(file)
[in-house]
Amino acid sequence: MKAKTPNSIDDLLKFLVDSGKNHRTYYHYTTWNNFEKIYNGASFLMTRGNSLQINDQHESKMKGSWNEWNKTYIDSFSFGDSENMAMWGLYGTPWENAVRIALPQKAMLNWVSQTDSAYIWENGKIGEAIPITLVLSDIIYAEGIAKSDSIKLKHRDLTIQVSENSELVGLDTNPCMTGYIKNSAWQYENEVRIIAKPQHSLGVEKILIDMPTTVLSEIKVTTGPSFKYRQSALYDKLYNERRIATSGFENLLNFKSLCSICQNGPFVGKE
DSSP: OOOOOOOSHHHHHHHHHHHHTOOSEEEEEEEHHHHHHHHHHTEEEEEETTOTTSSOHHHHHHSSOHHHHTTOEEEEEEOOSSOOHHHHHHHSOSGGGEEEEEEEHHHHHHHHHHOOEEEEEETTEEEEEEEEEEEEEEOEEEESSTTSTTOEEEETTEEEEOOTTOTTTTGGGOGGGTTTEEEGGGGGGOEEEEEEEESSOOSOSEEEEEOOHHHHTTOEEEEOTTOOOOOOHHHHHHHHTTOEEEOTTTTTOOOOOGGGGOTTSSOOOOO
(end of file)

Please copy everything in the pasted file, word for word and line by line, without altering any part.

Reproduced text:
[in-house]
Amino acid sequence: MKAKTPNSIDDLLKFLVDSGKNHRTYYHYTTWNNFEKIYNGASFLMTRGNSLQINDQHESKMKGSWNEWNKTYIDSFSFGDSENMAMWGLYGTPWENAVRIALPQKAMLNWVSQTDSAYIWENGKIGEAIPITLVLSDIIYAEGIAKSDSIKLKHRDLTIQVSENSELVGLDTNPCMTGYIKNSAWQYENEVRIIAKPQHSLGVEKILIDMPTTVLSEIKVTTGPSFKYRQSALYDKLYNERRIATSGFENLLNFKSLCSICQNGPFVGKE
DSSP: OOOOOOOSHHHHHHHHHHHHTOOSEEEEEEEHHHHHHHHHHTEEEEEETTOTTSSOHHHHHHSSOHHHHTTOEEEEEEOOSSOOHHHHHHHSOSGGGEEEEEEEHHHHHHHHHHOOEEEEEETTEEEEEEEEEEEEEEOEEEESSTTSTTOEEEETTEEEEOOTTOTTTTGGGOGGGTTTEEEGGGGGGOEEEEEEEESSOOSOSEEEEEOOHHHHTTOEEEEOTTOOOOOOHHHHHHHHTTOEEEOTTTTTOOOOOGGGGOTTSSOOOOO